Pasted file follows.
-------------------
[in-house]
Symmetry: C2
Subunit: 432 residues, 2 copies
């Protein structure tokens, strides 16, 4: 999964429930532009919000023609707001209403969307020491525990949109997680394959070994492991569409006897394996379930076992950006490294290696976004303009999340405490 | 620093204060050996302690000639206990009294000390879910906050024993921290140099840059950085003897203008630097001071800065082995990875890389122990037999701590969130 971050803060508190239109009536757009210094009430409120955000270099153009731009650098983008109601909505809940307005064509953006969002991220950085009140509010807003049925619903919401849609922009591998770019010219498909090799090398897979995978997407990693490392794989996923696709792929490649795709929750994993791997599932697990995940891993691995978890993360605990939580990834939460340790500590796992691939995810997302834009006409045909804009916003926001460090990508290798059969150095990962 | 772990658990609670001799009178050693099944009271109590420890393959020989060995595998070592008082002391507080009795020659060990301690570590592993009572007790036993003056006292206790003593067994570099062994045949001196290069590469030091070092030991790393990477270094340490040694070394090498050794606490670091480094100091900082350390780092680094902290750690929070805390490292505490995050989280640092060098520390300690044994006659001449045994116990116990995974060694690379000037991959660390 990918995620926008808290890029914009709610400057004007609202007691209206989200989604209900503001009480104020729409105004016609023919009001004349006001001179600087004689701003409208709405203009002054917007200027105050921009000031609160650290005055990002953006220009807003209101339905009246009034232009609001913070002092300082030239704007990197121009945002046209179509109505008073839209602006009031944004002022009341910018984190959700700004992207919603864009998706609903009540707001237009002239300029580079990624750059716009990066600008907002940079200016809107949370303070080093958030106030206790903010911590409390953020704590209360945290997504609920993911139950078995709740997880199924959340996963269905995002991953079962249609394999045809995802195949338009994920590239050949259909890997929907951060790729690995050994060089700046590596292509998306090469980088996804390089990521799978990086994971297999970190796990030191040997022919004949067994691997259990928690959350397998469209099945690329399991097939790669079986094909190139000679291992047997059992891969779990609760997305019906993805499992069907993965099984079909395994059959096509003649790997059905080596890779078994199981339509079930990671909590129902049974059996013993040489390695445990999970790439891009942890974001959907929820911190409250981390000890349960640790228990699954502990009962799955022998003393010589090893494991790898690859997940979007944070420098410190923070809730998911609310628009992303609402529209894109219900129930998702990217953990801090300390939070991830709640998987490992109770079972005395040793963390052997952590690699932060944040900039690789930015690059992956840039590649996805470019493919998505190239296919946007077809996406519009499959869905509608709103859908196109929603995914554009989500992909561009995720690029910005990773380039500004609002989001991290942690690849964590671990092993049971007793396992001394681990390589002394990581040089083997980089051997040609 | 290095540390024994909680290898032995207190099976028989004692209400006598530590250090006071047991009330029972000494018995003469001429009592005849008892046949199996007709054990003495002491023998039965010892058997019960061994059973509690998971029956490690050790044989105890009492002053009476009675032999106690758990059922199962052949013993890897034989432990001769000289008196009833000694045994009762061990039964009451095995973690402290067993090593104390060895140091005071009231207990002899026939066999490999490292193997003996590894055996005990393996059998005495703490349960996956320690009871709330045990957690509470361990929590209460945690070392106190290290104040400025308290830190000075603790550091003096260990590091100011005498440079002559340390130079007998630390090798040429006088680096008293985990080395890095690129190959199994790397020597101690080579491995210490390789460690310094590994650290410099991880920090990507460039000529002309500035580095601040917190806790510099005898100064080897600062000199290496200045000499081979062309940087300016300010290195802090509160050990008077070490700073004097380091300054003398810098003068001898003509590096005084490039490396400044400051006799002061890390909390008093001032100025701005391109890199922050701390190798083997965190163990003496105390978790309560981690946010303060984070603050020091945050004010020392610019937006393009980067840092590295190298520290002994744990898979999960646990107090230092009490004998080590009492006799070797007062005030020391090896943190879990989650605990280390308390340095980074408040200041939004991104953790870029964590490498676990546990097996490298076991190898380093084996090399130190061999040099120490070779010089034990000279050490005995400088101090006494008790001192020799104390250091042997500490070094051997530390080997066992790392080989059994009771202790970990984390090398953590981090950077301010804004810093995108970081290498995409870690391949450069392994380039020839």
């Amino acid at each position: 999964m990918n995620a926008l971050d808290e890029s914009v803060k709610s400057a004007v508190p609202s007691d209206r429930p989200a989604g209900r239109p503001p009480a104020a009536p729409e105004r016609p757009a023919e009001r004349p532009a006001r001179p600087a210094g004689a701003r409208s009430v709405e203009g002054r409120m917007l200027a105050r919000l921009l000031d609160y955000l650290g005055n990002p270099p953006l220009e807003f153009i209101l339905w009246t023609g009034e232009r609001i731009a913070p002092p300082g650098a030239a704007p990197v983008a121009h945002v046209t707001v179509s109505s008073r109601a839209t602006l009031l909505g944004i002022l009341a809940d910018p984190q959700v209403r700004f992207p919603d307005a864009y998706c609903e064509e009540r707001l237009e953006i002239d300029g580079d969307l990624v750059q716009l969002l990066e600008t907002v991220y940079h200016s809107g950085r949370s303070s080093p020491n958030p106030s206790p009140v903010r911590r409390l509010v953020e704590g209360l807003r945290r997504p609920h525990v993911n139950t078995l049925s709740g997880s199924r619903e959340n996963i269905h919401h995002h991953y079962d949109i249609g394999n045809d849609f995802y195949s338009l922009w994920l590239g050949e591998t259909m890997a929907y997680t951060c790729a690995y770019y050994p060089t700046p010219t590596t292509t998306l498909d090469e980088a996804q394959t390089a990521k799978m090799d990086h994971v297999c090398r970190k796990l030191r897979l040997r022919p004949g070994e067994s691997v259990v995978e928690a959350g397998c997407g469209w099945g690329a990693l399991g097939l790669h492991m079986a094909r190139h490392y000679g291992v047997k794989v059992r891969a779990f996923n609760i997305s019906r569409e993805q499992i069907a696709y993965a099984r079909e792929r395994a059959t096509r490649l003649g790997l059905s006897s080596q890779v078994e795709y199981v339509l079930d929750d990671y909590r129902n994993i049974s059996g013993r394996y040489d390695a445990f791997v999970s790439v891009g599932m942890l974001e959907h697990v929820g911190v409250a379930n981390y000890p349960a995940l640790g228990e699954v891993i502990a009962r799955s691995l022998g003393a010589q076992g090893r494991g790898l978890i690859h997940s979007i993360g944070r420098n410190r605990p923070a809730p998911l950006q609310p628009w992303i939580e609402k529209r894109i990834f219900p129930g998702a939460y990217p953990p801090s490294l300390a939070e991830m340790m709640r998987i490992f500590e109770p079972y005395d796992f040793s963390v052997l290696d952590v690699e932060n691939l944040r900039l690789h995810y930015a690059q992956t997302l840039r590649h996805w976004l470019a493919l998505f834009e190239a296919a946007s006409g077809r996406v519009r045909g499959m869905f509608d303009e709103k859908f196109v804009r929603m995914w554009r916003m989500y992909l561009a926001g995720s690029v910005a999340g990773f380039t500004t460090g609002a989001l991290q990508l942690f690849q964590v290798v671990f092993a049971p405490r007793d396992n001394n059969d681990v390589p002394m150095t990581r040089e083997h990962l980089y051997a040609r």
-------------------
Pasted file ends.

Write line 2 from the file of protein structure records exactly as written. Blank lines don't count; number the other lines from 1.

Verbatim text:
Symmetry: C2